Cameron's EU gamble: Five reforms he can win, and ten pitfalls he must avoid
As in 1975, a British prime minister is trying to win a new deal from the EU, before holding an in-or-out referendum. David Cameron will probably achieve reforms in five areas:
1) Making the EU more competitive. Everyone will agree on extending the single market into new areas and on the need for better regulation.
2) Curbs on benefits for EU migrants. Reforms to Britain’s own welfare system will make it harder for EU migrants to claim out-of-work benefits. The rules on payments to migrants’ children living abroad may be changed. But Cameron will struggle to curb immigrants’ rights to in-work benefits, like tax credits.
3) A bigger role for national parliaments. The Commission will find it harder to push ahead with draft laws if national parliaments object.
4) Changing the treaties’ commitment to ‘ever closer union’. Words will be found that allow Cameron to claim that the EU is a multi-currency union.
5) Safeguards for the wider EU against the risk of the eurozone caucusing. The UK may secure the promise of a new treaty article, greater transparency of Euro Group meetings and a mechanism to allow non-euro countries to delay decisions that they fear will harm the single market.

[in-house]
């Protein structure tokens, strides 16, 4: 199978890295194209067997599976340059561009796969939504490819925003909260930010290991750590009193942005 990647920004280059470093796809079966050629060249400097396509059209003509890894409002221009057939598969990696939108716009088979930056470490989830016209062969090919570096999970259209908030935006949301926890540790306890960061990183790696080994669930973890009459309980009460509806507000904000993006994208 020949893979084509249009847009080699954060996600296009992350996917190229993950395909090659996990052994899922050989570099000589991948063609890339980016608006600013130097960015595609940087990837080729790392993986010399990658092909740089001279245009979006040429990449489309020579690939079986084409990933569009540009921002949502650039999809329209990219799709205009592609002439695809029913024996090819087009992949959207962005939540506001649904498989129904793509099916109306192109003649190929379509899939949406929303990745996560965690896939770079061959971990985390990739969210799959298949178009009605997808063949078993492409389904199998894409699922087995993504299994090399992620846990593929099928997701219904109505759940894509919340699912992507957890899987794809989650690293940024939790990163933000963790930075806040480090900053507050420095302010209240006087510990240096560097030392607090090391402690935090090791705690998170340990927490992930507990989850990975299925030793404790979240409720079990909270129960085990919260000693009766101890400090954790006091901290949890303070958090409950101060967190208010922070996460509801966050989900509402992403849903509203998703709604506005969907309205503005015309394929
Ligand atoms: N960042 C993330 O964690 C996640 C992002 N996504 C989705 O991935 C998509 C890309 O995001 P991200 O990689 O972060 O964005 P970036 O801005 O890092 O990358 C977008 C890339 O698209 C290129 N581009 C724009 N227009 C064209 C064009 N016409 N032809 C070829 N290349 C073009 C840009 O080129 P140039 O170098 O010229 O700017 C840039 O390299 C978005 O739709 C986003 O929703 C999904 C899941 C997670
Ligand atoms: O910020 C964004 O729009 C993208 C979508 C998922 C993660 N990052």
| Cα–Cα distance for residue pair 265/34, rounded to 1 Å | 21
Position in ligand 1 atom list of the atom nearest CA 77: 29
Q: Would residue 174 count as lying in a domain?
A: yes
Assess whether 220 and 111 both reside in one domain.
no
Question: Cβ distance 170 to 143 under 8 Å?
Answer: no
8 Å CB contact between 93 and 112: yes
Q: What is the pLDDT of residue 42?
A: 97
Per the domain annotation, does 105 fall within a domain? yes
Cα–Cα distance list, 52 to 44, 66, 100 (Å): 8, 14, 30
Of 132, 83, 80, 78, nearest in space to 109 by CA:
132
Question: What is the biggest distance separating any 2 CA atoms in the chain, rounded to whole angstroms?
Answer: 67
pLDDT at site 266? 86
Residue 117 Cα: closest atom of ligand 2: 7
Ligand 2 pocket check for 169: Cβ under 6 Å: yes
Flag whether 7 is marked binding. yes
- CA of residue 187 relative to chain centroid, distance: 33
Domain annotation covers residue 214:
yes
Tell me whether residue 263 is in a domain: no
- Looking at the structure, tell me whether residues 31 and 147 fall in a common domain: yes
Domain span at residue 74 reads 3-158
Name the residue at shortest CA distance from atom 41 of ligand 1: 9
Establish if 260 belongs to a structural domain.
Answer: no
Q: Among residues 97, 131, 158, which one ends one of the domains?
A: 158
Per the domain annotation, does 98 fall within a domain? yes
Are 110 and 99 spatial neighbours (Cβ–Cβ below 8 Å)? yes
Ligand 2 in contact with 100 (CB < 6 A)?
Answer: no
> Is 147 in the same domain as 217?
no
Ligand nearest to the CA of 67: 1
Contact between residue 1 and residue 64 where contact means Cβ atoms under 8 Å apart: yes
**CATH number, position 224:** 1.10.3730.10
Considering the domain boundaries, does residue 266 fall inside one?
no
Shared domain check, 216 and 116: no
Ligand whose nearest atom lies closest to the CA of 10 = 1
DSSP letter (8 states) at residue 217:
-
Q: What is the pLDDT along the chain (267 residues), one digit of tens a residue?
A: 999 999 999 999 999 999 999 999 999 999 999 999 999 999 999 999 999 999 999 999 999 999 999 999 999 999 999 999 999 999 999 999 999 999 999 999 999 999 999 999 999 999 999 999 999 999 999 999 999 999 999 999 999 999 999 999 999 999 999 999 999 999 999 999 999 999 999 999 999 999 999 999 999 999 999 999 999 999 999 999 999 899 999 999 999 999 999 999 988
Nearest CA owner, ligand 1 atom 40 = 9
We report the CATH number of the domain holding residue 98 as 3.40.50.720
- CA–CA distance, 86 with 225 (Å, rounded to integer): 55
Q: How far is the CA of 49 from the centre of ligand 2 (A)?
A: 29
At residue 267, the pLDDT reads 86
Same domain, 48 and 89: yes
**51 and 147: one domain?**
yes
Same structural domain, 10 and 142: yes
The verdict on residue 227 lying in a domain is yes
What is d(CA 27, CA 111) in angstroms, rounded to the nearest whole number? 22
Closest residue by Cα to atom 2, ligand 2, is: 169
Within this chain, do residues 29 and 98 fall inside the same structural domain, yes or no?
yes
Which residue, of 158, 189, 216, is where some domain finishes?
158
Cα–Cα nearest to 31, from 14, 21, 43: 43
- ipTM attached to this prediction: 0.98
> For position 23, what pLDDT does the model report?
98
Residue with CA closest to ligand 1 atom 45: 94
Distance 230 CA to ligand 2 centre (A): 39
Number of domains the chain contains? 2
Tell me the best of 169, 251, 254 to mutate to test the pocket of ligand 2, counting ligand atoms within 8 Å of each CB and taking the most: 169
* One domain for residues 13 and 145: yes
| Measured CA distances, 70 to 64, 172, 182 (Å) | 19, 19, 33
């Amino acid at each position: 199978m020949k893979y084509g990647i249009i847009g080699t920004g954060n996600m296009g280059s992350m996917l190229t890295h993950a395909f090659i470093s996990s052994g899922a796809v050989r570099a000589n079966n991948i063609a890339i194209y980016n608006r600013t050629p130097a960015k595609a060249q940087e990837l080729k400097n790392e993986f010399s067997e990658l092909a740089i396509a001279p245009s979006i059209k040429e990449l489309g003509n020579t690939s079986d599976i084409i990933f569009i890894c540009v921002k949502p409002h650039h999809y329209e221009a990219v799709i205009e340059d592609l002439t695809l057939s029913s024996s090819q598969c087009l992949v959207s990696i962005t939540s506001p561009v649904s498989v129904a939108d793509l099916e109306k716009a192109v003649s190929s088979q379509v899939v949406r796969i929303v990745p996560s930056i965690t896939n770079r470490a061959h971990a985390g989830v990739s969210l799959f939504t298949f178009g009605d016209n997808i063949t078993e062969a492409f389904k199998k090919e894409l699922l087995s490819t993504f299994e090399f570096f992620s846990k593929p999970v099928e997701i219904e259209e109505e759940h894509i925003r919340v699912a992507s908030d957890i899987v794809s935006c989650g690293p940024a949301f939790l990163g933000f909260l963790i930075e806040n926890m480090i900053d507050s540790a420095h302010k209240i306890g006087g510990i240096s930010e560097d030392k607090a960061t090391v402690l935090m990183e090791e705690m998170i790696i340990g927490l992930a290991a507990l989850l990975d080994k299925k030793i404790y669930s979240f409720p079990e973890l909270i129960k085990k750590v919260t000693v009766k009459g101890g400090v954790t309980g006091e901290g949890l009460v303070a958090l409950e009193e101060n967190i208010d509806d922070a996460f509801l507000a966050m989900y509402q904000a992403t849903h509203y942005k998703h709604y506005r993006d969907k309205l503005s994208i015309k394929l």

But even with these reforms, David Cameron will find it much harder to win his referendum than Harold Wilson did in 1975. At least ten things could make victory elusive:
- Cameron’s deal will not be dramatic enough to impress many people.
- Divisions in the Conservative Party could derail Cameron’s strategy.
- The British brand is tarnished in other member-states, which weakens Cameron’s hand in the renegotiation.
- Other EU governments may be less willing to help Cameron than many Britons imagine.
- Rows on migration or a deterioration of the refugee crisis would damage the EU’s image.
- So would a worsening of the euro crisis.
- The Out campaigns will be better-funded than the In campaign.
- The Out campaigns have strong arguments that are hard to counter in simple terms.
- The Labour Party is in turmoil and the trade unions have cooled on the EU.
- Britain’s business leaders will be less supportive of the EU than they were in 1975.
Cameron is more likely to win the referendum if Britain’s European partners give him a couple of reforms that allow him to say the EU will work better for Britain. The most important topic politically is the right of EU migrants to claim benefits. But on substance the key issue for the UK is the need for safeguards to protect the single market and the wider EU against the possibility of harmful actions by the eurozone.